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Sometimes, first names grouped together are enough to evoke all sorts of powerful images. Or, in the case of six magnificent men named Cleese, Chapman, Gilliam, Jones, Palin and Idle, it is enough to mention the last names.
They are, of course, the creators and stars of that wild and wacky concept known as Monty Python's Flying Circus, the ground-breaking English (with Gilliam's American influence) comedy troupe that forever changed the way we laugh.
They gave us the Knights Who Say Ni, Mr Creosote, dead parrots, silly walks, lots of spam, a gumby, a nude organist and a very naughty boy, The Life of Brian and The Meaning of Life. And, always, something completely different.
It is 45 years (gasp) since the first Monty Python television series, and 31 years since their last film, but the Pythons can never die. They have just completed their final, final, final get-together with a series of shows in London that will be released on DVD in November.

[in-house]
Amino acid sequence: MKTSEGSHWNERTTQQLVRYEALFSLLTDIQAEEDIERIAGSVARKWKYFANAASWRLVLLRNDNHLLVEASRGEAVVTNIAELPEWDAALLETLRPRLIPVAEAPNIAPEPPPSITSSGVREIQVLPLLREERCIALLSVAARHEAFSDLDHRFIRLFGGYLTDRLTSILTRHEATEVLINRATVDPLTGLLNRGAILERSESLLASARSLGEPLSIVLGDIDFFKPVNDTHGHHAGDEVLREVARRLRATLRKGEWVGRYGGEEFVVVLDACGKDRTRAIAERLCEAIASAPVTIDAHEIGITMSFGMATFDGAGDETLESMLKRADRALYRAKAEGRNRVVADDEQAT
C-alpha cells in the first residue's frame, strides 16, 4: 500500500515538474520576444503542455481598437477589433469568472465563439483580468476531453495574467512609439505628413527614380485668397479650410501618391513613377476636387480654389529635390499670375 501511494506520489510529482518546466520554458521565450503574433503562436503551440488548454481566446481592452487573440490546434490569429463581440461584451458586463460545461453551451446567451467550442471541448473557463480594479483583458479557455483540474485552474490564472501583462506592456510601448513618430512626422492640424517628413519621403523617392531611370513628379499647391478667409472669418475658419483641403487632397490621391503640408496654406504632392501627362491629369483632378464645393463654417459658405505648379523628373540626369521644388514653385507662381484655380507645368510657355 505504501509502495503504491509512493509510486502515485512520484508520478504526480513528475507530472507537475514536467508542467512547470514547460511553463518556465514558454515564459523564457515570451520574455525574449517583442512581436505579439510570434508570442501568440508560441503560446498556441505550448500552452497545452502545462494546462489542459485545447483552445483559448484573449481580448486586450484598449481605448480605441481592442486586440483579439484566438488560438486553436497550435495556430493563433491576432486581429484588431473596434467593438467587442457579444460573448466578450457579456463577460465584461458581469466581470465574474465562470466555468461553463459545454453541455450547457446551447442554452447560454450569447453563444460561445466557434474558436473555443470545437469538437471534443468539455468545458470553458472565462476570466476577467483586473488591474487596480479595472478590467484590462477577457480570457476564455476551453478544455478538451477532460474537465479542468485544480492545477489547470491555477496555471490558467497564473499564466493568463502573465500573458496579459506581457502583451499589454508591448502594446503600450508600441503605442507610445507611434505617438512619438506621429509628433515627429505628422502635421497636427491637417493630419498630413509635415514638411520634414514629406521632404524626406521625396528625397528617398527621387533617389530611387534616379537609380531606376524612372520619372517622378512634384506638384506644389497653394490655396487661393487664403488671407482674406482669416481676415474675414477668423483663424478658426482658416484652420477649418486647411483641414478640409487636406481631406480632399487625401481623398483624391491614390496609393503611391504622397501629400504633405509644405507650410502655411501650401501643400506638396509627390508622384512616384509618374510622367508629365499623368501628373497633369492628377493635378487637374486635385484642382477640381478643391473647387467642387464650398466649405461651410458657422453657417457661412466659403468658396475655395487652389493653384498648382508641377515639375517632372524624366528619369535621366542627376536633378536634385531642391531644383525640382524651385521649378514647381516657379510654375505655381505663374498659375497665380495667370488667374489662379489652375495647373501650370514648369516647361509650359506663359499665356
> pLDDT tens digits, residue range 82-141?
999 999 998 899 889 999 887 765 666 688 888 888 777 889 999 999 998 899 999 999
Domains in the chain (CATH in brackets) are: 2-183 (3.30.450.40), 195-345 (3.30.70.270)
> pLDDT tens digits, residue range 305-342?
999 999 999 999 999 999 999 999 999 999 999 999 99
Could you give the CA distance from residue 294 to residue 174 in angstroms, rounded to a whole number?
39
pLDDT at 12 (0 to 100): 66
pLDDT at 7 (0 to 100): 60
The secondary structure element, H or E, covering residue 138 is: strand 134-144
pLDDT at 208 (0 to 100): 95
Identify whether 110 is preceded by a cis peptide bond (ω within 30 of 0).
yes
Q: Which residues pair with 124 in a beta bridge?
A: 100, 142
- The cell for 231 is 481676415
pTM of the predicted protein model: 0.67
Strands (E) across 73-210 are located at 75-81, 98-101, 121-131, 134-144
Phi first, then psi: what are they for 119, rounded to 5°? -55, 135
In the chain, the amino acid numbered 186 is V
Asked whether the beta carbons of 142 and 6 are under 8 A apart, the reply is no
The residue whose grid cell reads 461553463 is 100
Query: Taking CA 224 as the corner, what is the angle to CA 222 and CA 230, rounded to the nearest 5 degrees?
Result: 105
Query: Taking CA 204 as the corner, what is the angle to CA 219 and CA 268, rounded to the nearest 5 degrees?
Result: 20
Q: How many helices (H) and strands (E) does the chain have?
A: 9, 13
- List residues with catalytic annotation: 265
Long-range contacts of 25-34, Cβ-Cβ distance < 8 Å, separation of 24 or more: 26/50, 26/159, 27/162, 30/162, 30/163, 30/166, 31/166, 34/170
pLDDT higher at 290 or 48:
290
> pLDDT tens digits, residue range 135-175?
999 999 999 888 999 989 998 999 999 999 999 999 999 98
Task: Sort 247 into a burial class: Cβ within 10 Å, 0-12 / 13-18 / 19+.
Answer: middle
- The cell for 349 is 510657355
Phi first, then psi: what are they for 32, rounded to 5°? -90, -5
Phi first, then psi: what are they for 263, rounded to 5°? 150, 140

This book is a re-release, timed to coincide with the shows, but don't let that put you off. It is a comprehensive, vibrant history of the men and their madness.
Presented in oral history format, The Pythons' Autobiography uses the words of all six original members (Graham Chapman died in 1989), plus assorted key supporters, to tell the tale of how Python was created, how it fell apart, and why it will live forever.
The chaps don't hold back - they snipe at each other, and at the BBC, and air all sorts of grievances - but it never feels petty. It must have been a cathartic experience.
There is a little crossover, as multiple narrators zone in on some specific topics, but in general it flows well. And the photos and memorabilia that litter the pages will be fascinating for fans.
Not that this is just for the fans. If you like a laugh, have a look. And get excited about another Python book, the autobiography of John Cleese, arriving later in the year.
- Hayden Meikle is ODT sports editor.